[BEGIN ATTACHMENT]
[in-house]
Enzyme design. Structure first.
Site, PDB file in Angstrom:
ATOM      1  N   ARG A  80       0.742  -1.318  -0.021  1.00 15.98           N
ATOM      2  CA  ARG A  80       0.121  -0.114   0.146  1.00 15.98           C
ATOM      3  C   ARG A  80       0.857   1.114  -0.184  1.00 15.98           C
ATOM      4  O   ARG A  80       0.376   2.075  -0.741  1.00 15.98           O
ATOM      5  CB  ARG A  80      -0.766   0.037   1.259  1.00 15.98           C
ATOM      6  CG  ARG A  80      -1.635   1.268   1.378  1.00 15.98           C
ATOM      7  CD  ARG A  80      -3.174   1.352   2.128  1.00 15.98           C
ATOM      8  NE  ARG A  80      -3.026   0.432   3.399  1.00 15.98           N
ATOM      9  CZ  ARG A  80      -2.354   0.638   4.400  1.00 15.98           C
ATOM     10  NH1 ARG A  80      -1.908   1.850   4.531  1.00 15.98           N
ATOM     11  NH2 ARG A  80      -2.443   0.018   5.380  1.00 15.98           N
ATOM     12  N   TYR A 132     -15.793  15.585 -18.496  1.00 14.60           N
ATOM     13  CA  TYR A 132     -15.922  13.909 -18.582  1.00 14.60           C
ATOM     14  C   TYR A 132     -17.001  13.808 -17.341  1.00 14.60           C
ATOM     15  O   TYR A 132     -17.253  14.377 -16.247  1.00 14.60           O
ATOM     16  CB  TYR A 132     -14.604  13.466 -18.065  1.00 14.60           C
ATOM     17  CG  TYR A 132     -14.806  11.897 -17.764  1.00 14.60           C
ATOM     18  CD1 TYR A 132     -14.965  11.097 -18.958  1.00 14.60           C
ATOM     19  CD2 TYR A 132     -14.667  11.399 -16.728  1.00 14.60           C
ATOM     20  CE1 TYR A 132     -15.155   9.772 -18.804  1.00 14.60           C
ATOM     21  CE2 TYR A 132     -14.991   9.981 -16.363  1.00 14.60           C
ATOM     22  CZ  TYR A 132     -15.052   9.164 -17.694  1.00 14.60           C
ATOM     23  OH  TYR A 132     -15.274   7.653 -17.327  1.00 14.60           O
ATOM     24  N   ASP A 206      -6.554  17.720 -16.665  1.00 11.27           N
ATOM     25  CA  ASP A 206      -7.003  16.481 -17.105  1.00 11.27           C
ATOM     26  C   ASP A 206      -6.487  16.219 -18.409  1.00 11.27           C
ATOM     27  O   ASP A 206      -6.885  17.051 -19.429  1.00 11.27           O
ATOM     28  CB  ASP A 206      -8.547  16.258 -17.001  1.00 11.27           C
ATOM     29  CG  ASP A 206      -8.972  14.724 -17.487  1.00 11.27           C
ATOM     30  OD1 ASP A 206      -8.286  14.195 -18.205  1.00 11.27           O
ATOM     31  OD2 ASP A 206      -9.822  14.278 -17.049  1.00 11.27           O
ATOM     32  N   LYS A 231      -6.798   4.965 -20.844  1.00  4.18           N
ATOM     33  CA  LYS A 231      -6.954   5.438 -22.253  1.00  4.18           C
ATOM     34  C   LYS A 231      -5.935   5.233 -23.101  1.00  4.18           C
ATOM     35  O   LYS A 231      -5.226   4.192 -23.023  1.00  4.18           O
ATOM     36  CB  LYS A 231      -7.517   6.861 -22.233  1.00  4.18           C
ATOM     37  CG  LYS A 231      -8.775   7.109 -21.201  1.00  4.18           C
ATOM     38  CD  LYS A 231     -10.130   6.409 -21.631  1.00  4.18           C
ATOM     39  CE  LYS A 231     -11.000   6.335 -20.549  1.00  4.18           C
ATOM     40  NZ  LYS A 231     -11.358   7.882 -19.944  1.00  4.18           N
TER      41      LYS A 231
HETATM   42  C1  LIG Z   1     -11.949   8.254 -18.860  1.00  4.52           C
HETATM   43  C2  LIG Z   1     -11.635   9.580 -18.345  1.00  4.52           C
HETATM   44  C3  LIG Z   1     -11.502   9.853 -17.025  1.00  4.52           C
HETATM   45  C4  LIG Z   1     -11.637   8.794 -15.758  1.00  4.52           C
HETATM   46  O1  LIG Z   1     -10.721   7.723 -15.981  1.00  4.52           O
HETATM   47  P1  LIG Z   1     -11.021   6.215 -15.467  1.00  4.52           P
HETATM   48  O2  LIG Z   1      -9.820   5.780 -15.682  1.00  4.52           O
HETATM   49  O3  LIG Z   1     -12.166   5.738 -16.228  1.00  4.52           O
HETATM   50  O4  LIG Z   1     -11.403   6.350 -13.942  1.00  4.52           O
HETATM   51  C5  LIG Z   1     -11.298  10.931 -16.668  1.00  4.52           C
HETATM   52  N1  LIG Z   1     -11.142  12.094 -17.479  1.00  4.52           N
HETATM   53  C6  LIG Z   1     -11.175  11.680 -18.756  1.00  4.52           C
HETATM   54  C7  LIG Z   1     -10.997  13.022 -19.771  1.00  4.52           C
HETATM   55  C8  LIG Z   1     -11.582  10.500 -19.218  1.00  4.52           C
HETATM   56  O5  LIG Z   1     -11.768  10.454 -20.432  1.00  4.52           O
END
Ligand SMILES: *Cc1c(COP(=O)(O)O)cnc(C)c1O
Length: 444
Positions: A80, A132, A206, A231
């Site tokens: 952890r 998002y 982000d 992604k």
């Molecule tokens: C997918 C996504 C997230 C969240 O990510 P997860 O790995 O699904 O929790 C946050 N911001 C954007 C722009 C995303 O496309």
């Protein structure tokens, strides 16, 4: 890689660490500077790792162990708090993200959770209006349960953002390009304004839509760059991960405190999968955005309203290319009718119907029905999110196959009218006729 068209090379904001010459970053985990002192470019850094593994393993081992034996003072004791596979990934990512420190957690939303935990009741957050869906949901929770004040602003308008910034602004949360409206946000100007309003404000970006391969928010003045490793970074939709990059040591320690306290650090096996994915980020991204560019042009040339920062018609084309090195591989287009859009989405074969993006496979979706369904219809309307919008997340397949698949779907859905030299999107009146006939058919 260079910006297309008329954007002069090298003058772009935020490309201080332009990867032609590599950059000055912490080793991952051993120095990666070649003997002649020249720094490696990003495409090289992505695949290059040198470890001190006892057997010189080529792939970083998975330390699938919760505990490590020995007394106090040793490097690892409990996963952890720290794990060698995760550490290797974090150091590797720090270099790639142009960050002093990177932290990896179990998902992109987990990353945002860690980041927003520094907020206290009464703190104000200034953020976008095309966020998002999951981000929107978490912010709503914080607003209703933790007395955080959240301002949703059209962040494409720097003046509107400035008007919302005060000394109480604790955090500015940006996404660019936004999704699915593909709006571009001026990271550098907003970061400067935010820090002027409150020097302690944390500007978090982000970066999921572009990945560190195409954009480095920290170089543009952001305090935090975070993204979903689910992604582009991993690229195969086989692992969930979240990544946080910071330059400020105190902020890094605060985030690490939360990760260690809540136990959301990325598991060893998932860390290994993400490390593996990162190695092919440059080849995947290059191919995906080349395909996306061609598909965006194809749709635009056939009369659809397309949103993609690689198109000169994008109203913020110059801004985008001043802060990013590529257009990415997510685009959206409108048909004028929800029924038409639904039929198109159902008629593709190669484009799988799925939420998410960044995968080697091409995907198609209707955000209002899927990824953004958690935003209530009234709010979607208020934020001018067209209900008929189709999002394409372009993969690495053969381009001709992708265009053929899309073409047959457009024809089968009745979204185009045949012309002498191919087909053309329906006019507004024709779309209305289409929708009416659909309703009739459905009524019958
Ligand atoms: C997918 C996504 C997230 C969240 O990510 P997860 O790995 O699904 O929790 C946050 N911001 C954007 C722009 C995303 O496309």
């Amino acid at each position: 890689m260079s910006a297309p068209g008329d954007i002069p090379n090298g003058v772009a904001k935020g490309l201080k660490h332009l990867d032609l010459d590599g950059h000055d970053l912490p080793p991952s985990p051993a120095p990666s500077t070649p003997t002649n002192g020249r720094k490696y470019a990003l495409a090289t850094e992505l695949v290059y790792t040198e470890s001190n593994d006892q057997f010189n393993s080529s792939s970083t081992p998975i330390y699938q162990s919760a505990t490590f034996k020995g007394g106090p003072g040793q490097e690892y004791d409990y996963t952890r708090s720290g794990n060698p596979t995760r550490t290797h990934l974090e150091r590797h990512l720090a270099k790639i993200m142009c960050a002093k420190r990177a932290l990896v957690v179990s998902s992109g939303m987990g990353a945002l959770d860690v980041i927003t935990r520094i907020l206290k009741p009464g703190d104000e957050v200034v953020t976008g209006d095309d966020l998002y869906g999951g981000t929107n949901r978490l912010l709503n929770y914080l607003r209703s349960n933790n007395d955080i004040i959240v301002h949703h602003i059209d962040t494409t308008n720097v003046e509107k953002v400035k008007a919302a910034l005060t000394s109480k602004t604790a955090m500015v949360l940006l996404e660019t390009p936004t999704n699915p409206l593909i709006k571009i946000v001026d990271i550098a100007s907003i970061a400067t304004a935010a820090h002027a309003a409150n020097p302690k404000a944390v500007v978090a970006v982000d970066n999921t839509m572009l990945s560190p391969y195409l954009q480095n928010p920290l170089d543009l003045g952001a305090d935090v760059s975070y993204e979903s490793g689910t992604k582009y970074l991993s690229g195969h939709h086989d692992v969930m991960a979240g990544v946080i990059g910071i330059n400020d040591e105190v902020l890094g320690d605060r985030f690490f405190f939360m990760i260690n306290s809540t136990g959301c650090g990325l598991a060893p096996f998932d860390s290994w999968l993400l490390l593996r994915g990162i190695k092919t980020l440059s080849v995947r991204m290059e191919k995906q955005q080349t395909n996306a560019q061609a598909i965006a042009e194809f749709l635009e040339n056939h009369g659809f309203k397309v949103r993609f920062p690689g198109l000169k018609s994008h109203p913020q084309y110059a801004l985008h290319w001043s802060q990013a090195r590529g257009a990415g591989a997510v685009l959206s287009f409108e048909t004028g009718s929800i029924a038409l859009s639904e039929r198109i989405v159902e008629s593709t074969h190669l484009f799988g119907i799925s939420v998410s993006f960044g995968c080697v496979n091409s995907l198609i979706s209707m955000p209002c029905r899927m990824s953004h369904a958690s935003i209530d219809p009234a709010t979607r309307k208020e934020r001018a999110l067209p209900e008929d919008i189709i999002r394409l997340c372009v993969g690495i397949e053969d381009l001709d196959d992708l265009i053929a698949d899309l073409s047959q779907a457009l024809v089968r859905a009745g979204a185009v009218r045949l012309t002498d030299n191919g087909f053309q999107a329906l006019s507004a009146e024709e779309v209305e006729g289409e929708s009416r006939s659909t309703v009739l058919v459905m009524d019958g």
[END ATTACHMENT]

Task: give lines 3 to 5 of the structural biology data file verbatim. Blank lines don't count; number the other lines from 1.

Site, PDB file in Angstrom:
ATOM      1  N   ARG A  80       0.742  -1.318  -0.021  1.00 15.98           N
ATOM      2  CA  ARG A  80       0.121  -0.114   0.146  1.00 15.98           C